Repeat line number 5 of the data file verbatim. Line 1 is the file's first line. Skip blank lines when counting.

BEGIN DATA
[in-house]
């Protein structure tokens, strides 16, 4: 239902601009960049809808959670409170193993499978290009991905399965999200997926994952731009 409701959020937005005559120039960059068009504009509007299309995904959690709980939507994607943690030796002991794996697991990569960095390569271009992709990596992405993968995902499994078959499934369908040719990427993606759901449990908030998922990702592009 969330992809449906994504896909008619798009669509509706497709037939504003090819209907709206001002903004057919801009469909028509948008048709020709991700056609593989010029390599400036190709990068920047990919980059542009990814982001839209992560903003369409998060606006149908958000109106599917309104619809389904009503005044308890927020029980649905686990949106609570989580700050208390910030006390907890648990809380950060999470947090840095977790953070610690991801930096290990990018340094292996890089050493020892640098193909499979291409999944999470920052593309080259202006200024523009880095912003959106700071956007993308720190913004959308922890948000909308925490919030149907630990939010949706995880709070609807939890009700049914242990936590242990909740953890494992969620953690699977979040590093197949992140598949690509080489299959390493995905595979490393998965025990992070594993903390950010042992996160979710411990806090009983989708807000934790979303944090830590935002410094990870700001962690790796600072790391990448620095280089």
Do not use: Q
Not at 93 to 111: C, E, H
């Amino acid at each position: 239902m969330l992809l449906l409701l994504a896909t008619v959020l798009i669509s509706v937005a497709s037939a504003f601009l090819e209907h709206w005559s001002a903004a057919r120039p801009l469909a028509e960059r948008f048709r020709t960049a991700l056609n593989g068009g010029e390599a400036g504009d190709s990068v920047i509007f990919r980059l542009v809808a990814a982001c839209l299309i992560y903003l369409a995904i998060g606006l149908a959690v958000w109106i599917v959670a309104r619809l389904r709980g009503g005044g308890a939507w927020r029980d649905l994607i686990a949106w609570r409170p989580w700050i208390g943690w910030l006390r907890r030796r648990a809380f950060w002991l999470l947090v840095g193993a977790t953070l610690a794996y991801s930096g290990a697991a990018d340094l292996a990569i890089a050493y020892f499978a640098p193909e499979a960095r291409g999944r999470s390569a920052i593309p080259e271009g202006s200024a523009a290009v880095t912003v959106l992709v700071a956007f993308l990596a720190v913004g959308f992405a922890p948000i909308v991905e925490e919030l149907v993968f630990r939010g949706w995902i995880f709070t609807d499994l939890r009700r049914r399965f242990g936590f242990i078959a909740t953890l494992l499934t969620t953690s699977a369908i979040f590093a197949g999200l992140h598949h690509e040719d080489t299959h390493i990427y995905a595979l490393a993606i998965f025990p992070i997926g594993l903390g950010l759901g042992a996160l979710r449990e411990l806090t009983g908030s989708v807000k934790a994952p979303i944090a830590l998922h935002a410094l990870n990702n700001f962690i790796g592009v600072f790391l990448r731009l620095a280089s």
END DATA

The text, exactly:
């Amino acid at each position: 239902m969330l992809l449906l409701l994504a896909t008619v959020l798009i669509s509706v937005a497709s037939a504003f601009l090819e209907h709206w005559s001002a903004a057919r120039p801009l469909a028509e960059r948008f048709r020709t960049a991700l056609n593989g068009g010029e390599a400036g504009d190709s990068v920047i509007f990919r980059l542009v809808a990814a982001c839209l299309i992560y903003l369409a995904i998060g606006l149908a959690v958000w109106i599917v959670a309104r619809l389904r709980g009503g005044g308890a939507w927020r029980d649905l994607i686990a949106w609570r409170p989580w700050i208390g943690w910030l006390r907890r030796r648990a809380f950060w002991l999470l947090v840095g193993a977790t953070l610690a794996y991801s930096g290990a697991a990018d340094l292996a990569i890089a050493y020892f499978a640098p193909e499979a960095r291409g999944r999470s390569a920052i593309p080259e271009g202006s200024a523009a290009v880095t912003v959106l992709v700071a956007f993308l990596a720190v913004g959308f992405a922890p948000i909308v991905e925490e919030l149907v993968f630990r939010g949706w995902i995880f709070t609807d499994l939890r009700r049914r399965f242990g936590f242990i078959a909740t953890l494992l499934t969620t953690s699977a369908i979040f590093a197949g999200l992140h598949h690509e040719d080489t299959h390493i990427y995905a595979l490393a993606i998965f025990p992070i997926g594993l903390g950010l759901g042992a996160l979710r449990e411990l806090t009983g908030s989708v807000k934790a994952p979303i944090a830590l998922h935002a410094l990870n990702n700001f962690i790796g592009v600072f790391l990448r731009l620095a280089s």